Shoulder Impingement Syndrome:
Causes, Symptoms & Treatment
Shoulder impingement syndrome is a condition where the rotator cuff muscles and tendons become compressed or irritated during shoulder motion. This contributes to damage and injury to shoulder structures such as the tendons, ligaments, bursa and joint capsule. When this occurs these structures become inflammed and therefore cause pain and overall dysfunction of the shoulder girdle. While a traumatic injury can certainly cause shoulder impingement syndrome to develop it’s most commonly the result of a repetitive overhead type activity or exercise. Below you’ll find helpful information regarding additional causes, symptoms and treatment advice.
Shoulder Impingement Syndrome Causes
Shoulder impingement syndrome is categorized as either:
- Primary (structural) causes
- Secondary causes
- May be the result of shoulder joint instability as seen with cases of shoulder dislocation, repetitive overhead actions (i.e removing clothes from a clothes line, particular gym exercises or particular occupations).
Shoulder Impingement Syndrome Symptoms
The hallmark signs & symptoms that you’re suffering from shoulder impingement syndrome include (but not limited too):
- Shoulder pain upon particular movement or ranges of motion.
- Difficulty lying on the effected shoulder.
- Pain or discomfort that may be localized to the shoulder, proximal neck and arm.
- Muscle weakness during specific arm exercises.
How Is Shoulder Impingement Syndrome Diagnosed?
It’s essential for your treating practitioner to rule out potential differential diagnoses because this will influence the treatment which you receive. If you’re suffering any of the above signs and symptoms then we encourage you to consult for a thorough assessment. When you visit Vitality Chiropractic Australia we will discuss your complaint prior to commence an examination. During a shoulder regional examination you can expect:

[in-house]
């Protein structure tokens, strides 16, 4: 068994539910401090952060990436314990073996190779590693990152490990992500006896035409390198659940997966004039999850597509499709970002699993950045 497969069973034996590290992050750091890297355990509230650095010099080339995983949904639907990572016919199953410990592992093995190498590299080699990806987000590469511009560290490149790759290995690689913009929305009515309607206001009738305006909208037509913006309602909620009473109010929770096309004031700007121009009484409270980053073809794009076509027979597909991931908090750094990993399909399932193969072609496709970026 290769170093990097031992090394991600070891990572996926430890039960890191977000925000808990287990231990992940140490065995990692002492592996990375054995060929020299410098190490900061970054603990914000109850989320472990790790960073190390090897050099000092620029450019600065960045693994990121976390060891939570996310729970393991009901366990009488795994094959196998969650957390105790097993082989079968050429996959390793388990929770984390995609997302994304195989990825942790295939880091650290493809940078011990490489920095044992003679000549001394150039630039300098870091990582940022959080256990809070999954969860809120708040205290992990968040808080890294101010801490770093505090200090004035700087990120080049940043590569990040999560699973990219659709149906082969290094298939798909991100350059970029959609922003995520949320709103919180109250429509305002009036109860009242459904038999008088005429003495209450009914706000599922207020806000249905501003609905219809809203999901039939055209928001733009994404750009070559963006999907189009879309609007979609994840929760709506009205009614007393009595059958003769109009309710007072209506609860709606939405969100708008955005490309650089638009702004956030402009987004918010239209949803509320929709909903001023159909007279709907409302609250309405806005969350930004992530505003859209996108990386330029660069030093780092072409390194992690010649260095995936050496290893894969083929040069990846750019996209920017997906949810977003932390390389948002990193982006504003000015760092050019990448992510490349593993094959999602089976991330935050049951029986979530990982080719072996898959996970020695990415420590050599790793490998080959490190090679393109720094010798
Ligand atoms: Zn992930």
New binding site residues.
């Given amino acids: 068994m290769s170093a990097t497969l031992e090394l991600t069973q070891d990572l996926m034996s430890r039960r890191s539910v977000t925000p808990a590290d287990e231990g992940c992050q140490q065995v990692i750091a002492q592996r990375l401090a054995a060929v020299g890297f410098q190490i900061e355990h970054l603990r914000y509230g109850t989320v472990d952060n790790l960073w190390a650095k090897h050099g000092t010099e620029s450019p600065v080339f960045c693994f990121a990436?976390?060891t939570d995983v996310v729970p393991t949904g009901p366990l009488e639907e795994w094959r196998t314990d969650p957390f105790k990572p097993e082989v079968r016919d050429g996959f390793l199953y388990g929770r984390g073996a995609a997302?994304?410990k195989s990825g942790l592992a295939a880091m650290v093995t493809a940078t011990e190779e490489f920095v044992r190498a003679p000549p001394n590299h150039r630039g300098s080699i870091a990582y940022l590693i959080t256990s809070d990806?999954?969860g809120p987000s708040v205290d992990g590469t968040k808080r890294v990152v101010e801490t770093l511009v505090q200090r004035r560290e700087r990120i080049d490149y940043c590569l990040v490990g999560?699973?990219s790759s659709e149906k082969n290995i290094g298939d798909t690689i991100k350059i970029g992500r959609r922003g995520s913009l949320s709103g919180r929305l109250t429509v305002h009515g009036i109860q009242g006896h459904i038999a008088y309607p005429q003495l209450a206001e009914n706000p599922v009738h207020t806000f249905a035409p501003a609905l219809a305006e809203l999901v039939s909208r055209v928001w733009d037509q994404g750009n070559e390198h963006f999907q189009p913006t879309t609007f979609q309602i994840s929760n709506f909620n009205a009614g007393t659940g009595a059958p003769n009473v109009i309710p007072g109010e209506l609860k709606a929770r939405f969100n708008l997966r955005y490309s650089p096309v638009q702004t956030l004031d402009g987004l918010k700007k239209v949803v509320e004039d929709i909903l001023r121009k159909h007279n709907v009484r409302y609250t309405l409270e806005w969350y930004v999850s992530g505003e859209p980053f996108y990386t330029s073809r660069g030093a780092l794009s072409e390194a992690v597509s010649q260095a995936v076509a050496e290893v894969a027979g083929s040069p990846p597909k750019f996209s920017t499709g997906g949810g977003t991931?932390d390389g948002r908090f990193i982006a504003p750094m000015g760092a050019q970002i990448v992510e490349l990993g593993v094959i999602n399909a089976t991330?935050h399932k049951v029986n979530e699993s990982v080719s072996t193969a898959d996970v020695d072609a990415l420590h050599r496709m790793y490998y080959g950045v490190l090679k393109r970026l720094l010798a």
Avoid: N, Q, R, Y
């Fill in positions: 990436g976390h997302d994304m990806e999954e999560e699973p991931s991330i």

- Palpation assessment to observe for specific tenderness, pain, swelling or skin changes.
- Analysis of your shoulder joint range of motion.
- Muscle strength testing to see if there is particular weakness or asymmetry.
- Orthopaedic and neurological assessment.
Shoulder Impingement Syndrome Treatment
Researchers have concluded that there are 7 stages that need to be covered to effectively rehabilitate injuries like shoulder impingement syndrome. Your Chiropractor or Physiotherapist are brilliant choices to assist you throughout your rehabilitation. While conservative management is recommended, other potential short term treatment options may include corticosteroid injections. These injections are useful to relieving pain that is due to inflammation. Phases of rehabilitation include:
- Protection, immediate pain relief and anti-inflammatory measures after injury onset.
- Assist with regaining complete shoulder joint movement and range of motion.
- Restore proper scapular control and scapulohumeral rhythm.
- Exam and treat cervicothoracic biomechanics if necessary.
- Progress rehabilitation towards rotator cuff strengthening based exercise.
- Initiate speed, power, propriception and agility rehabilitation.
- Return to usual activities of daily living.
Chiropractor Shoulder Impingement Syndrome Research
- Individuals suffering from shoulder impingement syndrome who were treated with manual physical therapy (such as Chiropractic and Physiotherapy) combined with a specifically tailored exercise regime demonstrated clinically significant improvement in symptoms including increasing strength, decreasing pain and improving function earlier than with exercise alone. Senbursa, G. (2007). Comparison of conservative treatment with and without manual physical therapy for patients with shoulder impingement syndrome: a prospective, randomized clinical trial. Knee Surgery, Sports Traumatology, Arthroscopy, 15(7); 915 – 921
- Kinesiotape has been found to be more effective than other modalities during the initial stages of treatment. Kaya, E. (2010). Kinesiotaping compared to physical therapy modalities for the treatment of shoulder impingement syndrome. Clinical Rheumatology, 30(2); 201 – 207.